There is no perfect definition of "obscenity" but the basic guidelines are, to wit: (a) whether to the average
person, applying contemporary standards would find the work, taken as a whole, appeals to the prurient
interest; (b) whether the work depicts or describes, in a patently offensive way, sexual conduct specifically
defined by the applicable state law; and (c) whether the work, taken as a whole, lacks serious literary,
artistic, political, or scientific value.4
o CAB: In the context they were used, Sorianos words may not appeal to the prurient interests of an
adult. The problem is that they were uttered in a TV program that is rated "G" or for general
viewership, and in a time slot that would likely reach even the eyes and ears of children.

No law shall be made respecting the establishment of a religion, or prohibiting the free exercise thereof. The free exercise and enjoyment of religious
profession and worship, without discrimination or preference, shall forever be allowed. No religious test shall be required for the exercise of civil or
political rights.

Fernando v. CA

Children could be motivated by curiosity and ask the meaning of what Soriano said, also without placing the
phrase in context. They may be inquisitive as to why Sandoval is different from a female prostitute and the
reasons for the dissimilarity.

In a 1978 American landmark case5 where indecent speech without prurient appeal component comes under
the category of protected speech depending on the context within which it was made, still, within a particular
context, an indecent speech may validly be categorized as unprotected, ergo, susceptible to restriction.

Content based v. Content neutral: A content-based restraint is aimed at the contents or idea of the
expression, whereas a content-neutral restraint intends to regulate the time, place, and manner of the
expression under well-defined standards tailored to serve a compelling state interest, without restraint on the
message of the expression. Courts subject content-based restraint to strict scrutiny.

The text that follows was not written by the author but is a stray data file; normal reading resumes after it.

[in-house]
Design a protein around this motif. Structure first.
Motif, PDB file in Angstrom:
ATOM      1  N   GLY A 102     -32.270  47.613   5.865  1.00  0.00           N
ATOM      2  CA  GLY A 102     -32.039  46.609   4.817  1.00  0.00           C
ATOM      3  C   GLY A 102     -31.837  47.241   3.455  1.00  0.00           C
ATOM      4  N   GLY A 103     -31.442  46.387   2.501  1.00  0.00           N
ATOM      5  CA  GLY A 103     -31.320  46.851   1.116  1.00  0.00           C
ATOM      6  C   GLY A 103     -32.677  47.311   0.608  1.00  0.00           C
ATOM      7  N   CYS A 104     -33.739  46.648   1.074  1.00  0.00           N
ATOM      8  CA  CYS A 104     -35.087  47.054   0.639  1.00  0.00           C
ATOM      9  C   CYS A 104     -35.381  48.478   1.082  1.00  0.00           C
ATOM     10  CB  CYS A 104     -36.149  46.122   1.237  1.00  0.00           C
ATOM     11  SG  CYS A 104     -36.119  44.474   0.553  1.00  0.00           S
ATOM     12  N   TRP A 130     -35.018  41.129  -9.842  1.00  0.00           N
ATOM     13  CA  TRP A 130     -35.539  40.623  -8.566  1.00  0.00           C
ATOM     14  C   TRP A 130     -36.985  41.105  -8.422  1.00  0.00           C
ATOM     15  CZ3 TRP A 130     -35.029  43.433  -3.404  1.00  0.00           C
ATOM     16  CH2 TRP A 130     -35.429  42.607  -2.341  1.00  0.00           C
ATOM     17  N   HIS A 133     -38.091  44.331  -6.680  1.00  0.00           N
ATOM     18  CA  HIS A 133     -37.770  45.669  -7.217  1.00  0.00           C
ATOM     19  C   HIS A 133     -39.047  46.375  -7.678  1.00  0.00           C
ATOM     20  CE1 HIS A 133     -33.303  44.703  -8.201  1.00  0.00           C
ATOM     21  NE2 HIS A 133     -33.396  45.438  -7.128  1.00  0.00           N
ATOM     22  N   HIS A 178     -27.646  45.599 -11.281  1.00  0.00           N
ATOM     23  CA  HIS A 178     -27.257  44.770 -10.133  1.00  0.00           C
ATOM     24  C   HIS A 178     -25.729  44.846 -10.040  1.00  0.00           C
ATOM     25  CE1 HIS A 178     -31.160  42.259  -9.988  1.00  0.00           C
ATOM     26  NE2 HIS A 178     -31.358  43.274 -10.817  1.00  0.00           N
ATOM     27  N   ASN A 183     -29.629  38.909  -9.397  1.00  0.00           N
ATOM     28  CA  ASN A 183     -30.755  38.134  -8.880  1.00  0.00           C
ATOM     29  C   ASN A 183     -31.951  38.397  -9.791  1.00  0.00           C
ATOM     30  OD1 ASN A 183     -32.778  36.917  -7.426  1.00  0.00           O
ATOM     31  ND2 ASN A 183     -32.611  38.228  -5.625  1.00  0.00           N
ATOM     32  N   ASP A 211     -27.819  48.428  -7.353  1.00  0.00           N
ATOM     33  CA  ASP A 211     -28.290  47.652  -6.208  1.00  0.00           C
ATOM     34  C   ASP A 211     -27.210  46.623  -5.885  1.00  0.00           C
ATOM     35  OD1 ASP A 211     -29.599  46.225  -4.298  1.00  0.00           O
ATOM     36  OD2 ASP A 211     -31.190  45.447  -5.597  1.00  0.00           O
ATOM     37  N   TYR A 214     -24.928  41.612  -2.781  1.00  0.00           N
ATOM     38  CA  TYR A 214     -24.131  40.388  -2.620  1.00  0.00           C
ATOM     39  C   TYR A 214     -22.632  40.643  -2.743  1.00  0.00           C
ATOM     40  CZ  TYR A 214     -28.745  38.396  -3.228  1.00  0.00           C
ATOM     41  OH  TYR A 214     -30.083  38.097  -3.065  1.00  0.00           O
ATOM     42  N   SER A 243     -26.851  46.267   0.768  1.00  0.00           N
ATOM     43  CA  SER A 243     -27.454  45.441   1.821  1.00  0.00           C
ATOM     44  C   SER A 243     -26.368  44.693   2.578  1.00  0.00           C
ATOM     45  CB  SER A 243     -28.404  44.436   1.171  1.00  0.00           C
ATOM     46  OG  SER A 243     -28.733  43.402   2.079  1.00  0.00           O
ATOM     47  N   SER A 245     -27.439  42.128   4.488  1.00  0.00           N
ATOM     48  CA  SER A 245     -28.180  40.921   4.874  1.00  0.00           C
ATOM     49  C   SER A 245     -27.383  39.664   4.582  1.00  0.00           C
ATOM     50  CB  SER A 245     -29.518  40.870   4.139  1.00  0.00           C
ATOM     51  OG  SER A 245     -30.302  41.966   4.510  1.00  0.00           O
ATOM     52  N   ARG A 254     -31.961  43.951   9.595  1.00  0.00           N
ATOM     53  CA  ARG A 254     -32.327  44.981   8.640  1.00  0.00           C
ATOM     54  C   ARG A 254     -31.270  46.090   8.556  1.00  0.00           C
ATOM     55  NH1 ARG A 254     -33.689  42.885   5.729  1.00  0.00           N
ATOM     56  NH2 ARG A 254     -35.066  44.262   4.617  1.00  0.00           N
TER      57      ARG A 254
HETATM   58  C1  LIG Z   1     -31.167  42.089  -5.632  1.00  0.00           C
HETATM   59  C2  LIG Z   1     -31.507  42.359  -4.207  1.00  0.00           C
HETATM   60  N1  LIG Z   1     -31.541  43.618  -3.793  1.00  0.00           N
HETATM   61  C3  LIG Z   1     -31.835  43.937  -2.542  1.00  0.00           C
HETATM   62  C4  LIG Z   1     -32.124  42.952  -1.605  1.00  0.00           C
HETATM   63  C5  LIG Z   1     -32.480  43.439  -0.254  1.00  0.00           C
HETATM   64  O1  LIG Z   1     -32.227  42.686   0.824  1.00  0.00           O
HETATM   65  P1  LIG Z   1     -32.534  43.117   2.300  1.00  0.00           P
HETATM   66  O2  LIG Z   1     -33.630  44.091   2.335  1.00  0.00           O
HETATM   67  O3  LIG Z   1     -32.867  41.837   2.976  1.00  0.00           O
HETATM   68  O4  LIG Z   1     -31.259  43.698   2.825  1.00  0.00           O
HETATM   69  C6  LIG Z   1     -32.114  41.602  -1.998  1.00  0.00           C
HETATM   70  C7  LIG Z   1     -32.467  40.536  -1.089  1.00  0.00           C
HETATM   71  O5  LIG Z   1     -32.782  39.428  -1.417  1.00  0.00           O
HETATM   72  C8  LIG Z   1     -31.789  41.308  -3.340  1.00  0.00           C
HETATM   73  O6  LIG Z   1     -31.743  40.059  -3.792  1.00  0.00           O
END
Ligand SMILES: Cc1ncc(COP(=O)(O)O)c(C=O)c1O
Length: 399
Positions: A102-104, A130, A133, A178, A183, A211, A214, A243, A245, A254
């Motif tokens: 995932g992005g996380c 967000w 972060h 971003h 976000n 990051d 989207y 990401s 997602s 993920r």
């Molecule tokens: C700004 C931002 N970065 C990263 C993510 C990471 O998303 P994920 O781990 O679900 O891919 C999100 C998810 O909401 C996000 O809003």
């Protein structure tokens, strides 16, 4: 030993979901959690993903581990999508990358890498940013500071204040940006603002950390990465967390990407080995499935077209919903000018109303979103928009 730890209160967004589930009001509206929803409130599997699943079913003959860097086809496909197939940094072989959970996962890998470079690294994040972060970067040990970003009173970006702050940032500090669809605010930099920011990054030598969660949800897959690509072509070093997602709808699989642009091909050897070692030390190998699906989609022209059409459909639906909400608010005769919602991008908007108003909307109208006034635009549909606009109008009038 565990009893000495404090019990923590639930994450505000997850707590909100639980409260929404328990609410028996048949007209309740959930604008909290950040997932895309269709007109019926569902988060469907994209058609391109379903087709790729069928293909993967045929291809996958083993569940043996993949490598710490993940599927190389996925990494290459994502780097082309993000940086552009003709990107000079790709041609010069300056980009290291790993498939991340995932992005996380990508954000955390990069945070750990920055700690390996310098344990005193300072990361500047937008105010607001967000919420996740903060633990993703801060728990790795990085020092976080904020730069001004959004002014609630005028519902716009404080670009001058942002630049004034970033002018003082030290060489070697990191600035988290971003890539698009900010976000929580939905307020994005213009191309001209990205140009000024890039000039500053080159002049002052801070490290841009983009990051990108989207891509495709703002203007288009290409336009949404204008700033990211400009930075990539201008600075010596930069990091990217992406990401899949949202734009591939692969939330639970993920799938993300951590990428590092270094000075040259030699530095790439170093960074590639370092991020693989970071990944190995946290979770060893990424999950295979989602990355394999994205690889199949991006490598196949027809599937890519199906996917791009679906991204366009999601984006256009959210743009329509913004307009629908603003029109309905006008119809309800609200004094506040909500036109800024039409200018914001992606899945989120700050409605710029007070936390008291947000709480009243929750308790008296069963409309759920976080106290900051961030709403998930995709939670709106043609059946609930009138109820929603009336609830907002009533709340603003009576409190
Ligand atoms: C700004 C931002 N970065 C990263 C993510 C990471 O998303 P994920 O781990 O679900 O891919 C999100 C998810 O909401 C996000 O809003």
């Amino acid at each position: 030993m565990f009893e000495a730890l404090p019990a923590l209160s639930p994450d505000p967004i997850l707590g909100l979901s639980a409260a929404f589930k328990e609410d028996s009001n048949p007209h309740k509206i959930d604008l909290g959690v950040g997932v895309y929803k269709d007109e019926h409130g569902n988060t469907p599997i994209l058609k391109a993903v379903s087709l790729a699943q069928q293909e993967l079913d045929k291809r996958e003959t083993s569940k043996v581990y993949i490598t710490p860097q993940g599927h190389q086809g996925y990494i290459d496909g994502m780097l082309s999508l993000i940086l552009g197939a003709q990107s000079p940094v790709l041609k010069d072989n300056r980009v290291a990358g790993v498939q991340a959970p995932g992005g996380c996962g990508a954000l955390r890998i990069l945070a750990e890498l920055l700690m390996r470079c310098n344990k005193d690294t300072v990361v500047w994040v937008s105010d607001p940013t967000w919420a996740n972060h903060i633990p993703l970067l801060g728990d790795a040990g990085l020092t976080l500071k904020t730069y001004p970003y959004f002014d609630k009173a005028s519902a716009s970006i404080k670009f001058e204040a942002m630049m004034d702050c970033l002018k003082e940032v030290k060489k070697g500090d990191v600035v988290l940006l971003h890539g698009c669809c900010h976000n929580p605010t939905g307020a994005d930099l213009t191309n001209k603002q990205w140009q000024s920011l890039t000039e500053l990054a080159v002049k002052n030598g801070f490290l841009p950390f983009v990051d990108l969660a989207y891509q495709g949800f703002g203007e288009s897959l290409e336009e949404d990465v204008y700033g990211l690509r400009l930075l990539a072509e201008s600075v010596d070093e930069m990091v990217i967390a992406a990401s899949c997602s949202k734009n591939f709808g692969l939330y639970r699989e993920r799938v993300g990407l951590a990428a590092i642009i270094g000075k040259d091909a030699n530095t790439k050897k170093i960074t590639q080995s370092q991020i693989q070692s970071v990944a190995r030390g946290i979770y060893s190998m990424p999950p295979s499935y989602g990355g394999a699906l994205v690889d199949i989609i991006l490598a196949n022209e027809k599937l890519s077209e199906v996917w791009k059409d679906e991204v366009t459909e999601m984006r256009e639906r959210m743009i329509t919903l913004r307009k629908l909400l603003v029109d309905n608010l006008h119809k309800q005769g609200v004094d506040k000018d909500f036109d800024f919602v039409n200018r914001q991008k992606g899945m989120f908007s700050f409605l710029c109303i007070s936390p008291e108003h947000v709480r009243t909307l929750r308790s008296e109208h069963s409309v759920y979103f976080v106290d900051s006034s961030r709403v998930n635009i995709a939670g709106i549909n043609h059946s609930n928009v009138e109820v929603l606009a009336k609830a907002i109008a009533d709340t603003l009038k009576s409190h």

o CAB: The suspension MTRCB imposed under the premises was, in one perspective, permissible
restriction. First, the indecent speech was made via television, a pervasive medium;second, the
broadcast was aired at the time of the day when there was a reasonable risk that children might be
in the audience; and third, Soriano uttered his speech on a "G" or "for general patronage" rated
program. The words Soriano used were, by any civilized norm, clearly not suitable for children.
Where a language is categorized as indecent, as in Soriano's utterances on a general-patronage
rated TV program, it may be readily proscribed as unprotected speech.

Unprotected speech is not exclusive or carved in stone.

The application of the clear and present danger test is uncalled for under the premises. Under the
doctrine, freedom of speech and of press is susceptible of restriction when and only when necessary to
prevent grave and immediate danger to interests which the government may lawfully protect. As it were,
said doctrine evolved in the context of prosecutions for rebellion and other crimes involving the overthrow of
government. As a standard of limitation on free speech and press, however, the clear and present danger
test is not a magic incantation that wipes out all problems and does away with analysis and judgment in the
testing of the legitimacy of claims to free speech and which compels a court to release a defendant from
liability the moment the doctrine is invoked, absent proof of imminent catastrophic disaster.

Using the balancing-of-interests test, SC rules that the government's interest to protect and promote the
interests and welfare of the children6 adequately buttresses the reasonable curtailment and valid restraint on
Soriano's prayer to continue as program host of Ang Dating Daan during the suspension period. The welfare
of children and the State's mandate to protect and care for them, as parens patriae, constitute a substantial
and compelling government interest in regulating Soriano's utterances in TV broadcast as provided in PD

The remarks Soriano uttered on prime-time television are blatantly indecent if not outright obscene. It is the
kind of speech that PD 1986 proscribes necessitating the exercise by MTRCB of statutory disciplinary
powers. It is the kind of speech that the State has the inherent prerogative, nay duty, to regulate and
prevent should such action served and further compelling state interests. One who utters indecent, insulting,
or offensive words on television when unsuspecting children are in the audience is, in the graphic language
of FCC, a "pig in the parlor." Public interest would be served if the "pig" is reasonably restrained or even
removed from the "parlor."
Ergo, Soriano's offensive and indecent language can be subjected to prior restraint.

Soriano: The three (3)-month suspension is either prior restraint or subsequent punishment that,
however, includes prior restraint, albeit indirectly.

HELD: What MTRCB imposed on Soriano is an administrative sanction or subsequent punishment for
his offensive and obscene language in Ang Dating Daan.

To clarify, statutes imposing prior restraints on speech are generally illegal and presumed unconstitutional
breaches of the freedom of speech. The exceptions to prior restraint are movies, television, and radio
broadcast censorship in view of its access to numerous people, including the young who must be insulated
from the prejudicial effects of unprotected speech. PD 1986 was passed creating the Board of Review for

FCC v. Pacifica Foundation where the written message was "Fuck the Draft"

State is also mandated to recognize and support the vital role of the youth in nation building as laid down in Sec. 13, Art. II of the 1987 Constitution